Public perception of nursing careers: the influence of the media and nursing shortages.
This article discusses a study about the public versus registered nurses (RNs) perceptions of the nursing career and it's impact on nursing shortages. The study revealed that 70% of the public viewed the nursing career positively. However, there were some surprising differences between the public's opinions about he nursing profession versus opinions of registered nurses themselves. Nursing was perceived as caring or compassion by 20% of RNs versus 16% of the general public. While 16% of the general public considered nurses as caring, just 20% of RNs agreed. While 17% of the public considered RNs highly knowledgeable, qualified and skilled, only 6% of RNs agreed. Eight percent of the public considered RNs as professionals, while only 23% of RNs considered themselves as professionals. Only 4% of RNs perceived RNs as smart or highly educated compared to 7% of the public. One might attribute these perceptions to a lack of awareness or education among the public about the rigors of nursing education and competency. But what explains such low scores coming from RNs themselves? Why do nurses have such low opinions of their own profession? Is it because nurses do not feel empowered in the workplace as compared to their physician colleagues? Are there negative gender biases, that work against the nursing profession which is still overwhelmingly female? Another interesting finding of the study was that while one in four Americans had considered a nursing career, nursing professionals were significantly less likely to probably or definitely recommend a career in nursing than the general public. This could be a sign of apathy toward the profession among nurses. It would have been helpful if the study investigated how or why nurses developed this mindset.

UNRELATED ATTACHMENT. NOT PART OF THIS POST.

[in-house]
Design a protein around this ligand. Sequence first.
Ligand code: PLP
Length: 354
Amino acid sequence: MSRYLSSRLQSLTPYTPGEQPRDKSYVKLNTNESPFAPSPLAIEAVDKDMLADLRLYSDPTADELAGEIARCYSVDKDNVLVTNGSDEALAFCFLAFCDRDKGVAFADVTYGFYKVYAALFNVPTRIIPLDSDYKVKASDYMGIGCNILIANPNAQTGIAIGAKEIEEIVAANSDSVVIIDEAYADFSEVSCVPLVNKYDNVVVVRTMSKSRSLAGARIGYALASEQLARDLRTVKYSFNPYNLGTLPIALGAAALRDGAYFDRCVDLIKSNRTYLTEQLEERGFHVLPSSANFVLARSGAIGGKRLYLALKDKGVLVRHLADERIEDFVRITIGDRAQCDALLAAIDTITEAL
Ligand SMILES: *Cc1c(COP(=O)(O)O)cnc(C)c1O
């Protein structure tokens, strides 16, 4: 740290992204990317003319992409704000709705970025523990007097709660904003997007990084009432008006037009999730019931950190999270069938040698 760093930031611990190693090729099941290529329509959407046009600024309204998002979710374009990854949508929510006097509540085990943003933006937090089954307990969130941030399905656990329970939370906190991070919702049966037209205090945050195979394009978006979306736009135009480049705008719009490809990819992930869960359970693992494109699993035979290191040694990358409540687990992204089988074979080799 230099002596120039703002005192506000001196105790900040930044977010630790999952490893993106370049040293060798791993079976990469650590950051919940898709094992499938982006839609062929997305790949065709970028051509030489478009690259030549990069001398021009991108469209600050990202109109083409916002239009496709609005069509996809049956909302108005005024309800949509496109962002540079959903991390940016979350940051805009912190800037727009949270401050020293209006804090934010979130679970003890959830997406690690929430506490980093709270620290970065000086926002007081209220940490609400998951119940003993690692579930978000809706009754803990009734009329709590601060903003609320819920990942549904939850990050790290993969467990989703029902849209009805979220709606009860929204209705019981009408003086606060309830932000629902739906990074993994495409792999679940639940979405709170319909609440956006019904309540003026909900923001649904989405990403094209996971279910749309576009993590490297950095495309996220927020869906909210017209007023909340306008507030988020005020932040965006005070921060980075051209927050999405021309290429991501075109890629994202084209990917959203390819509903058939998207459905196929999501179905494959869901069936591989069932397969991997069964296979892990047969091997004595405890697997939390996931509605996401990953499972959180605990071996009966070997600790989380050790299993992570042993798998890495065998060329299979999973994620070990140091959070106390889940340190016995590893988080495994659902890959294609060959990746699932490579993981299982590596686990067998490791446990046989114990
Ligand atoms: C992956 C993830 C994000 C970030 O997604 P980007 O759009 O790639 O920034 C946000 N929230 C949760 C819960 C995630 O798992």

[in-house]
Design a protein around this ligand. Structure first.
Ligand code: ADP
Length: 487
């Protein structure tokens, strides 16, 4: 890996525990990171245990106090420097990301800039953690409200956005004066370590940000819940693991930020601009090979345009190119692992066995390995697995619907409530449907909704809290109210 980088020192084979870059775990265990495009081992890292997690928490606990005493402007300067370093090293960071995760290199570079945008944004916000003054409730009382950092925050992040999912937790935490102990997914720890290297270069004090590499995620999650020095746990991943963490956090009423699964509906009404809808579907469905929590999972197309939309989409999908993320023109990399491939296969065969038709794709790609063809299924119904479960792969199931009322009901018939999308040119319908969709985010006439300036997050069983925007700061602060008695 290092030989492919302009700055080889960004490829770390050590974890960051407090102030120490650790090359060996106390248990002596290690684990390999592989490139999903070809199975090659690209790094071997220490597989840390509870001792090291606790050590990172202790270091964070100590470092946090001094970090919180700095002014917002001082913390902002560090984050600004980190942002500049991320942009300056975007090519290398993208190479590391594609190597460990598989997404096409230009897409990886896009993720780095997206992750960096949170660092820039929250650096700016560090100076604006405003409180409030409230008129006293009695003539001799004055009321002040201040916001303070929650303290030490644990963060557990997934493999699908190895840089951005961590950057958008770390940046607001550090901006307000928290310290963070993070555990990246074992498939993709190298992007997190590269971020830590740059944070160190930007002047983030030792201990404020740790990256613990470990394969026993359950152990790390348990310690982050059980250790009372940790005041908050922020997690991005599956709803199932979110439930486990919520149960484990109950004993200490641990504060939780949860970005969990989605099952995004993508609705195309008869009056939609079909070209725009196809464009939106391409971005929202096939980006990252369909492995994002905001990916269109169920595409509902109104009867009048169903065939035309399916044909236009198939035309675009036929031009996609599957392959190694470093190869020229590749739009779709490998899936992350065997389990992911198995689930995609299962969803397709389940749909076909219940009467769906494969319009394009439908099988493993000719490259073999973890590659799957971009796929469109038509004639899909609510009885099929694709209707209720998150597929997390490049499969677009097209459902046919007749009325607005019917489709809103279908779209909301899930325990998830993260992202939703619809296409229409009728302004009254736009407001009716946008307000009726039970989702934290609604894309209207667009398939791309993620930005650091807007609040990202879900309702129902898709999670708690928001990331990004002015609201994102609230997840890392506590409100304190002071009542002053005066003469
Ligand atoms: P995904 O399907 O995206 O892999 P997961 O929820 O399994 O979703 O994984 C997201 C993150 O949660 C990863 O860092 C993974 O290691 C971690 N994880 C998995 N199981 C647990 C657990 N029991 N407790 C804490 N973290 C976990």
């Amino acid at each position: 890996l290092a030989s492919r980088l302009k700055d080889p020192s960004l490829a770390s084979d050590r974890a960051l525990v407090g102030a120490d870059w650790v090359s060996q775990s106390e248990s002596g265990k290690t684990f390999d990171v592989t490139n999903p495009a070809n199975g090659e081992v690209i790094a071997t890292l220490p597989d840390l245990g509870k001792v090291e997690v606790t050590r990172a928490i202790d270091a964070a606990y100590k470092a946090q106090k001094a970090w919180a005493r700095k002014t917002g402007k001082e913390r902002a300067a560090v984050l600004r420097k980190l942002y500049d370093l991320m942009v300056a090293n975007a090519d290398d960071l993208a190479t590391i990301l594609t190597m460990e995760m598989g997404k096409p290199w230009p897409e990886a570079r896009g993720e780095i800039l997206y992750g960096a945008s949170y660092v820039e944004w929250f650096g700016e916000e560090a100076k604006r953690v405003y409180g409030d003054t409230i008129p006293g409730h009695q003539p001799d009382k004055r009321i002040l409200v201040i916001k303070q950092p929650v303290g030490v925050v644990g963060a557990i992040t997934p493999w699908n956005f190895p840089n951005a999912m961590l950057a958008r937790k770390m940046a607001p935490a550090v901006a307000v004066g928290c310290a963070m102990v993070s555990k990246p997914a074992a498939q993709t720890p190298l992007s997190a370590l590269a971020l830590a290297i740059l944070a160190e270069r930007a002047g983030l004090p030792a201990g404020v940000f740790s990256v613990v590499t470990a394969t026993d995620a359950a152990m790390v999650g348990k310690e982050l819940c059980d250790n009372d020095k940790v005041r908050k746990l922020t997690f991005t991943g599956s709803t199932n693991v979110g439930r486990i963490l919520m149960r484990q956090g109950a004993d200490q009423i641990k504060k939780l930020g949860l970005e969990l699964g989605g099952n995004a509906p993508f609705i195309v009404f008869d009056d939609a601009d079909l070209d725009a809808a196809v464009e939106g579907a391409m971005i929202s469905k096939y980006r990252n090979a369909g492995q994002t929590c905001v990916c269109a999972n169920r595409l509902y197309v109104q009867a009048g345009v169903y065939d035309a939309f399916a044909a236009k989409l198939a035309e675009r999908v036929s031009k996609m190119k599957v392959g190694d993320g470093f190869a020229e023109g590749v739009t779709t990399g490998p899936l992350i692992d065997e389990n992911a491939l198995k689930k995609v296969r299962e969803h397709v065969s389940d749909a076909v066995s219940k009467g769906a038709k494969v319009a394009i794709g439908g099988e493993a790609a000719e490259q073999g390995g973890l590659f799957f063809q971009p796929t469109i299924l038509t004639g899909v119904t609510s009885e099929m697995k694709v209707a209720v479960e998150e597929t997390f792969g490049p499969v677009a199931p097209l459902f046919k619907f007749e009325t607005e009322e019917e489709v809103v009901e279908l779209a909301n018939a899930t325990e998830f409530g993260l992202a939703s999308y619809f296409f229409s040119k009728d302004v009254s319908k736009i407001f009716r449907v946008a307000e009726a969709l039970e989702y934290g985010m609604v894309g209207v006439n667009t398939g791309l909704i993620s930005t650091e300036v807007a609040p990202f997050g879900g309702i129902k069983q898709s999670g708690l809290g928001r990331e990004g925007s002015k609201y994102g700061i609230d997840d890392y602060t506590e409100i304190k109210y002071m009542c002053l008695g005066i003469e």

It is clear that the media plays an important role in presenting positive characterization of the nursing profession. While television news stories may often portray nurses in a positive ways in new stories related to disasters and patient safety, more needs to be done. I agree with the authors' that a national commitment is needed to build, and retain a robust nursing workforce. This might be implemented through a national public service campaign with federal, state and local governments joining forces with corporations, as well as private and non-profits hospitals to highlight positive stories and experiences of nurses making a difference in the health and lives of people all across America. Many of these stories narrated by nurses themselves could powerfully advocate for choosing the nursing career.
In conclusion, nurses must come together and begin to support and promote nursing from within the profession. Who can be more credible advocates for nursing than nurses themselves? If we are to eliminate nursing shortages more nurses should engage in leadership roles on the national healthcare stage to help educate, shape and improve the public perception on nursing profession. The public generally has a positive regard for the nursing profession; we must now collectively work on positively motivating people to such a degree that they choose the nursing profession. This may well be an important step in reducing nursing shortages, improving nurse retention while better preparing nurses to deal with future healthcare challenges and demands.
Karen Donelan, ScD; Peter Buerhaus, PhD, RN;
Catherine Desroches, DrPH; Robert Dittus, MD;
David Dutwin, PhD Nurs Econ. 2008;26(3):143-50,165. 2008 Jannetti Publications, Inc.
Reviewed by Denise S. Rowe APRN, BC, FNP